The threat of soil compaction is greater today than in the past because of the dramatic increase in factors such as stock density/stocking rate, heavy tillage and poor crop rotations, an increase in the size of farm equipment and the changing climate.

Effects of Soil Compaction on Crop Health

Compaction becomes a major limiting factor in crop production. One of the major effects of soil compaction is an increase in the bulk density of soil. An increase in the bulk density of the soil will start having major effects on root growth. With increasing bulk density, a decrease in soil porosity occurs. Large macropores, which are essential for water and air movement throughout the soil, are reduced by soil compaction. This has a further limiting effect on root growth and function. Subsequently root penetration is limited if roots encounter much resistance. An increase in the density of the soil makes it much harder for roots to penetrate and thrive.

Soil structure will fall apart under soil compaction this will in turn have a dramatic impact on the oxygen content of the soil and also the water infiltration rate. Typically this results in crops becoming more easily damaged by drought because of a restricted root system and the lack of water holding capacity in the soil.

What is the effect of compacted soils on Soil Life?

The soil food web is the biological make-up of the soil. An incredible diversity of organisms makes up the soil food web, which range in size from tiny bacteria, algae, fungi, and protozoa, to the more complex nematodes and micro-arthropods, to the visible earthworms and insects. In compacted soils the larger organisms cannot survive – they cannot move through it in search of food because the tunnels and burrows that make up the highways within the soil have been destroyed. Another effect is that oxygen cannot freely move around in the soil, which can create an anaerobic environment. After a period of time under these anaerobic conditions, the only soil food web organisms left are the bacteria and opportunistic fungi and protozoa, which are so small in size they are able to move through even a compacted soil.

Anaerobic bacteria thrive in compacted soils as oxygen levels are severely reduced. Negative anaerobic microbe’s produce metabolites that can kill plant roots. Plant roots also have trouble moving compacted soils and since they can no longer rely on their interactions with symbiotic microbes in the soil to bring back nutrients and waters they are highly stressed. The food web now changes from a balanced healthy system, to one with limited beneficial microorganisms and dominated by harmful elements and negative microbes. This situation can be very difficult to reverse and can severely reduce the future productivity of that soil.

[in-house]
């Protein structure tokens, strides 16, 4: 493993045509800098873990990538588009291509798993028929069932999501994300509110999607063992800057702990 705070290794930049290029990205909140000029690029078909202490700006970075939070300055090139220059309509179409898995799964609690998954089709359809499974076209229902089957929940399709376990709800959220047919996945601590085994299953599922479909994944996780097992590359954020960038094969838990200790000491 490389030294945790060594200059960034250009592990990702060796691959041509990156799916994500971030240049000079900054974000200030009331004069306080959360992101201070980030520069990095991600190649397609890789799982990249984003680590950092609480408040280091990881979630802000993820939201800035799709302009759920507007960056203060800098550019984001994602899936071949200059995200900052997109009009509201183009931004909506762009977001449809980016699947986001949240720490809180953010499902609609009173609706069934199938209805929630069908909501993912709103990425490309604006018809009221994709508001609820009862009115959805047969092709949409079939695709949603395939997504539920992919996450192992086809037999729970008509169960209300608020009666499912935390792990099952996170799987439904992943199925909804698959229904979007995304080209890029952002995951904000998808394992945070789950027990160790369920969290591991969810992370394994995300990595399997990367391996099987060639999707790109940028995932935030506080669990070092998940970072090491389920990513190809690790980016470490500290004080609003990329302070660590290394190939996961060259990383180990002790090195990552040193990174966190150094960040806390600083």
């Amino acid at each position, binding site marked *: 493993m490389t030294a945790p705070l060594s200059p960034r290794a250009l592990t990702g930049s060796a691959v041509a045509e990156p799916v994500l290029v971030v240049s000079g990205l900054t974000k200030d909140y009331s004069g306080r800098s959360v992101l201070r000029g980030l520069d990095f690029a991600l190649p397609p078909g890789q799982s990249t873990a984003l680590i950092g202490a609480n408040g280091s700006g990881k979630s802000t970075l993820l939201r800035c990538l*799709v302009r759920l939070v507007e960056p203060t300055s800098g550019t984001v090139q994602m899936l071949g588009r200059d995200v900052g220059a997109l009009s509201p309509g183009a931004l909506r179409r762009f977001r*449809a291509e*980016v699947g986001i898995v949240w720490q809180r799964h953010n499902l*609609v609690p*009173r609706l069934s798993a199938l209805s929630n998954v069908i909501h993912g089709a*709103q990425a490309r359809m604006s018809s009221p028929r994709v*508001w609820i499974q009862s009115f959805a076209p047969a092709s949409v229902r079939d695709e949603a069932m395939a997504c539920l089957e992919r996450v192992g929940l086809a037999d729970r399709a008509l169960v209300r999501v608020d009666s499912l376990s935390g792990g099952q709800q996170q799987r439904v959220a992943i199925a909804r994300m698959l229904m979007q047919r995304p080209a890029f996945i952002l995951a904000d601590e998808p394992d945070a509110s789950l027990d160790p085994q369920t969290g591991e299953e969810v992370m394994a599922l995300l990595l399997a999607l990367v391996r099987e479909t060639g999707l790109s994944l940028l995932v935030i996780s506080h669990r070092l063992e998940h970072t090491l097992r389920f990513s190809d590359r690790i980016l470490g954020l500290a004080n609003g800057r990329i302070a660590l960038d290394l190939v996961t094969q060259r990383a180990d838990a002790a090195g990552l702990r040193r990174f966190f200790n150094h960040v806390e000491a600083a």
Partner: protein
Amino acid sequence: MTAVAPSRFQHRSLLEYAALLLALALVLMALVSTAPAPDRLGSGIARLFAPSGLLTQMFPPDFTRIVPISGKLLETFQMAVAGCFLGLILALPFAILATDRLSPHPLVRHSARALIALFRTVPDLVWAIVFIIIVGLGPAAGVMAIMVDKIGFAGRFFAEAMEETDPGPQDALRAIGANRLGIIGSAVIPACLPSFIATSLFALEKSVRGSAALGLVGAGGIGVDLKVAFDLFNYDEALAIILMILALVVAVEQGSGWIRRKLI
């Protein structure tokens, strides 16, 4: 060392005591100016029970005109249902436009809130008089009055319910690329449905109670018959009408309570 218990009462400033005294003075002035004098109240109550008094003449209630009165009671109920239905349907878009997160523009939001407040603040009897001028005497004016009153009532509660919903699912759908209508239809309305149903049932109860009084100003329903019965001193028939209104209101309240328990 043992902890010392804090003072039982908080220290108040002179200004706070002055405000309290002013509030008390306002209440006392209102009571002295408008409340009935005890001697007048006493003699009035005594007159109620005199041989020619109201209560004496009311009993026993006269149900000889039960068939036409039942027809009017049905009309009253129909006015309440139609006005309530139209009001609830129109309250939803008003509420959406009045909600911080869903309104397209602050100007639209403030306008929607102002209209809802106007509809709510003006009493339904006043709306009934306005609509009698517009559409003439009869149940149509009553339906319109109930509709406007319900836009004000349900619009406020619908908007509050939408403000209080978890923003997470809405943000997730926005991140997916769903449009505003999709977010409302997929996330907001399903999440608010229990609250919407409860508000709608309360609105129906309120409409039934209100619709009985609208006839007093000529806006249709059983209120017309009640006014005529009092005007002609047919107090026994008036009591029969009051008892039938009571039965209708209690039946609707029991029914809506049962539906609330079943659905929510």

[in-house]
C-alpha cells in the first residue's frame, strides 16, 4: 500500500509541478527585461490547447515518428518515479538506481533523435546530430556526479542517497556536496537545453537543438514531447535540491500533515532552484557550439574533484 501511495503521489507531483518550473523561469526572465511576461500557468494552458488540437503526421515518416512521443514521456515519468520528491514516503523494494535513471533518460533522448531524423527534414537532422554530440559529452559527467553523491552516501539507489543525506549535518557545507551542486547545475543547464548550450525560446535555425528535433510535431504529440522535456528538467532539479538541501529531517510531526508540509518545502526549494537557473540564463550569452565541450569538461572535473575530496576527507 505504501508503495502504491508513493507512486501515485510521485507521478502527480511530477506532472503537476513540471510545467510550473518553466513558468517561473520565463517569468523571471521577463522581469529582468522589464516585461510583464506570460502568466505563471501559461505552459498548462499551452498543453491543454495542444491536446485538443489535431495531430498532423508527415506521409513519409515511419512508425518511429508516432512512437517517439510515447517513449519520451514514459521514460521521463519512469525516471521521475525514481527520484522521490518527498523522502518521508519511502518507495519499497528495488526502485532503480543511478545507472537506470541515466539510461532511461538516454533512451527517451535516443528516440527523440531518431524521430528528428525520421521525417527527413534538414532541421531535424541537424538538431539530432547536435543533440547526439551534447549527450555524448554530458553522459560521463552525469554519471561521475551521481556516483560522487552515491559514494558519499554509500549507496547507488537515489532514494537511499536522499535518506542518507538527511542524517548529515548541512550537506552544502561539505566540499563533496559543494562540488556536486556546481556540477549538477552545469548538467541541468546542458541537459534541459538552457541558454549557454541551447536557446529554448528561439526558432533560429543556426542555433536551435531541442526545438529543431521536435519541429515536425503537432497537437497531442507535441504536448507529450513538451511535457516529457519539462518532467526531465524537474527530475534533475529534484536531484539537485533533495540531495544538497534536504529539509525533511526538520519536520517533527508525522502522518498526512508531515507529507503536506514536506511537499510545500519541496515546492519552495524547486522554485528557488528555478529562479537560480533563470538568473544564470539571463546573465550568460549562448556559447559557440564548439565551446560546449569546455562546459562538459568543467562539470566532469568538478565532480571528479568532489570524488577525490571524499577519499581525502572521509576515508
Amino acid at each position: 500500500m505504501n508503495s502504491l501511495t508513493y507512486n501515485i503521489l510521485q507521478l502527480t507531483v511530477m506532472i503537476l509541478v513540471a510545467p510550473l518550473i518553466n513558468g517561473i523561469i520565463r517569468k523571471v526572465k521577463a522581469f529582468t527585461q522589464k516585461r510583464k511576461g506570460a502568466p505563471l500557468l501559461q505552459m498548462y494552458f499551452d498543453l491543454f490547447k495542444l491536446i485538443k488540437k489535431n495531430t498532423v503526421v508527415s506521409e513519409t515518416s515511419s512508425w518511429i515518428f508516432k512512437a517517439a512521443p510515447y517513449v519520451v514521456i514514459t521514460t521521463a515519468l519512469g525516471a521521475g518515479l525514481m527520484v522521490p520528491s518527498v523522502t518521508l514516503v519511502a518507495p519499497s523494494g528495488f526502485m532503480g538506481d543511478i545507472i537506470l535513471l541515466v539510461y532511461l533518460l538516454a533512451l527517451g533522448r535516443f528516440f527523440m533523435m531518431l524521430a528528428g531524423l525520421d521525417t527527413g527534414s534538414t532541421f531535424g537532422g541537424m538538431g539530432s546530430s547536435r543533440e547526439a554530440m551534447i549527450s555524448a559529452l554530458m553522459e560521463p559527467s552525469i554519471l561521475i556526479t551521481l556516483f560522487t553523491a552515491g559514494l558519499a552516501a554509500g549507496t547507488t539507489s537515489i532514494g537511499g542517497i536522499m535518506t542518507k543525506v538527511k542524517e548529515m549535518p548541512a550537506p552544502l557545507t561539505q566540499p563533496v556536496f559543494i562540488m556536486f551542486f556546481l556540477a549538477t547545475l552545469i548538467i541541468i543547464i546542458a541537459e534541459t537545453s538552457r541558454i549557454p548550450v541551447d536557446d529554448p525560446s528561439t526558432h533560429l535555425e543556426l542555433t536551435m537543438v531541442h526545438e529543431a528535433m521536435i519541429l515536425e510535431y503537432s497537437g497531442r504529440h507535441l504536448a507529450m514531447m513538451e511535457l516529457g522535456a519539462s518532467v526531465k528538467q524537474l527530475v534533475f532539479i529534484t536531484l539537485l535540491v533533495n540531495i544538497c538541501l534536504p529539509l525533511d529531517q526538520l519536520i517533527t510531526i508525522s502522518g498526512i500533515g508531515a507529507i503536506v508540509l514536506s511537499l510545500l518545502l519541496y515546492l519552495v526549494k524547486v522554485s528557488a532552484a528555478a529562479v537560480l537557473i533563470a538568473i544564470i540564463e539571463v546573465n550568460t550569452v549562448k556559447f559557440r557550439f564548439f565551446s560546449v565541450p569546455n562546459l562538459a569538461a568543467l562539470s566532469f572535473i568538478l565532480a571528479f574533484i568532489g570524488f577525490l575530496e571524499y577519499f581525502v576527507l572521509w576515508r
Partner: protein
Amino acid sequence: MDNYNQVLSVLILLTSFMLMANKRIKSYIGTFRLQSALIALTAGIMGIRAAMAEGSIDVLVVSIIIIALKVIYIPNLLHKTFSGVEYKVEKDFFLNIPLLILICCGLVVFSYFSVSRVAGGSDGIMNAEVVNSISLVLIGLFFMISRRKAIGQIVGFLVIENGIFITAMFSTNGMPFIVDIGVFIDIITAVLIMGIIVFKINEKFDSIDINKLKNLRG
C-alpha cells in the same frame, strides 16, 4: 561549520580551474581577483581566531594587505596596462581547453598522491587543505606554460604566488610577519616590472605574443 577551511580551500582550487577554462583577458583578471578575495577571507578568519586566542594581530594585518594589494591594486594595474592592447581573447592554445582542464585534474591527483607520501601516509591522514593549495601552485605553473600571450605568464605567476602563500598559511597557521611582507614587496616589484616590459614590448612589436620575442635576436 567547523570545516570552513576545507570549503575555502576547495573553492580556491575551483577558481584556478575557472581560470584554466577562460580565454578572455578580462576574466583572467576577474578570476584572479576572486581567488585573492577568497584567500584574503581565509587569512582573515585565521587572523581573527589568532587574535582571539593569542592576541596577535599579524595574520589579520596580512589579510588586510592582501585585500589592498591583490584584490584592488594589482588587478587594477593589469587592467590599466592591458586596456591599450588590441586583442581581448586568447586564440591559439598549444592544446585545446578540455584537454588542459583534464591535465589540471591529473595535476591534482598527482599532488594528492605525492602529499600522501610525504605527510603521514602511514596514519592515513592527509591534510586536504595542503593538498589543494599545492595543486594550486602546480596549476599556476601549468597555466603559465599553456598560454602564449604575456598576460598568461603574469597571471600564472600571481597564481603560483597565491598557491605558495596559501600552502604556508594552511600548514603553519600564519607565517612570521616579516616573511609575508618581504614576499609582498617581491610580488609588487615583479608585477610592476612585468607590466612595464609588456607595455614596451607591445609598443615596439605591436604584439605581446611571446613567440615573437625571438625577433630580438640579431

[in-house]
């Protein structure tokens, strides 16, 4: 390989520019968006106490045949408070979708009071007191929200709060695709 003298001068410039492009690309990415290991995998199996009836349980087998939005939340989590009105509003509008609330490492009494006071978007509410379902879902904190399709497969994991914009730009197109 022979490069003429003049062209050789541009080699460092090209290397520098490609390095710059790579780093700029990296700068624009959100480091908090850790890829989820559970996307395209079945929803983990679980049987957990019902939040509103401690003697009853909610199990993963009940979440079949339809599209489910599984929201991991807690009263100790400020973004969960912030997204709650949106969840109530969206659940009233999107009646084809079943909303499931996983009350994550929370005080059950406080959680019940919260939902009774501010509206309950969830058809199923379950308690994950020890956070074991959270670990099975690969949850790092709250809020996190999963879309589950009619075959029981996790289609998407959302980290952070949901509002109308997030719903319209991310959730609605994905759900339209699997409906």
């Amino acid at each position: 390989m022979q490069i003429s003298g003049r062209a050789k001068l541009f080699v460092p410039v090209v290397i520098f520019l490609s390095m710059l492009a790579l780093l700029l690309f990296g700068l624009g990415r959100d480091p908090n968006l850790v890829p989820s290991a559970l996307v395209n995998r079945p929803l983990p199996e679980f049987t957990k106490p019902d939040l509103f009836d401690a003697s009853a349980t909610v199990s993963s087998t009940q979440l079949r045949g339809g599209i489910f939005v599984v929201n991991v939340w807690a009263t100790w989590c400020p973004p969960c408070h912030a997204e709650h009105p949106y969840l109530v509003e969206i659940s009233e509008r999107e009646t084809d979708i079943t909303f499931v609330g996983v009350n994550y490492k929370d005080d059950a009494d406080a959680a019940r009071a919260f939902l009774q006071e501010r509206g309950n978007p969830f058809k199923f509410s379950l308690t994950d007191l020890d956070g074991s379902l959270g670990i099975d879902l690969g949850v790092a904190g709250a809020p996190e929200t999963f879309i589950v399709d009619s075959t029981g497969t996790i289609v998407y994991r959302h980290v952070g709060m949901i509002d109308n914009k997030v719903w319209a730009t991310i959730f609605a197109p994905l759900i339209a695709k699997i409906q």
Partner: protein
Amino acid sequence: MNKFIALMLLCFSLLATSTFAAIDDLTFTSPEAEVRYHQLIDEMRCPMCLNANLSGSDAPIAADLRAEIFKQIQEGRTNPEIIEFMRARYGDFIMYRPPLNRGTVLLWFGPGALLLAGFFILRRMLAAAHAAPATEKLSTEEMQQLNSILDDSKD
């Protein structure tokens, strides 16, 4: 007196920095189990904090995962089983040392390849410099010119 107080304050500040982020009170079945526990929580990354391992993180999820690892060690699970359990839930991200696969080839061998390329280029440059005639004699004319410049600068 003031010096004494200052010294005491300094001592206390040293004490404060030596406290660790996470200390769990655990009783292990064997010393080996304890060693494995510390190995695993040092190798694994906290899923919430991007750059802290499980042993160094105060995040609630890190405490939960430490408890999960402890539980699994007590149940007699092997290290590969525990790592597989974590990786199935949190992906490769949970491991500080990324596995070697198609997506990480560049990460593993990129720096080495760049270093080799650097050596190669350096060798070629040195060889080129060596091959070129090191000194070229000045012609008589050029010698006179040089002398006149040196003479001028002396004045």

How EM Can Help Soil Compaction

Applying EM and food sources, help to return the organisms that are needed to build and maintain soil structures and a healthy soil food web. EM will work to correct the cause of compaction by opening up the soil and allowing oxygen to return, some of the microbes in EM are facultative which allow them to survive in anaerobic conditions. EM will also support the growth of other beneficial organisms like mychorrizae, worms, and insects, bringing nature back into balance. The microbial action of EM will produce lots of polysaccharides - glues that hold the soil together and hold in moisture, improving drought resistance. In addition EM will help increase aggregate stability; improved stability, reduces soil erosion and run-off.

Trial on the Effect of EM on Soil Productivity

A study was conducted to determine how EM interacts with soil physical, chemical and microbiological properties. This trial conducted by the College of Agriculture of Sao Paulo in Brazil found that applications of EM and green manure increased crop productivity while soil erosion and the incidence of plant disease declined. A farm with compacted soil, severe soil erosion and low crop productivity solved these problems by using EM for 2 to 3 years. Soils with and without EM were compared for

  • Compaction
  • Basic water infiltration rate
  • Soil porosity

Table 4 and 5 demonstrate that the EM treated areas (M-3) were able to prevent soil compaction and significantly increase the water infiltration rate. The full paper also reported that the financial returns on the EM treated areas were more profitable. Follow this link to the full paper.

Farmer Comparison

A recent farmer led comparison trial on the West Coast, showed EM's ability to reduce soil compaction. The below image shows the comparison of the EM treated and untreated areas of the paddock, clearly showing that EM has reduced the soil compaction issue.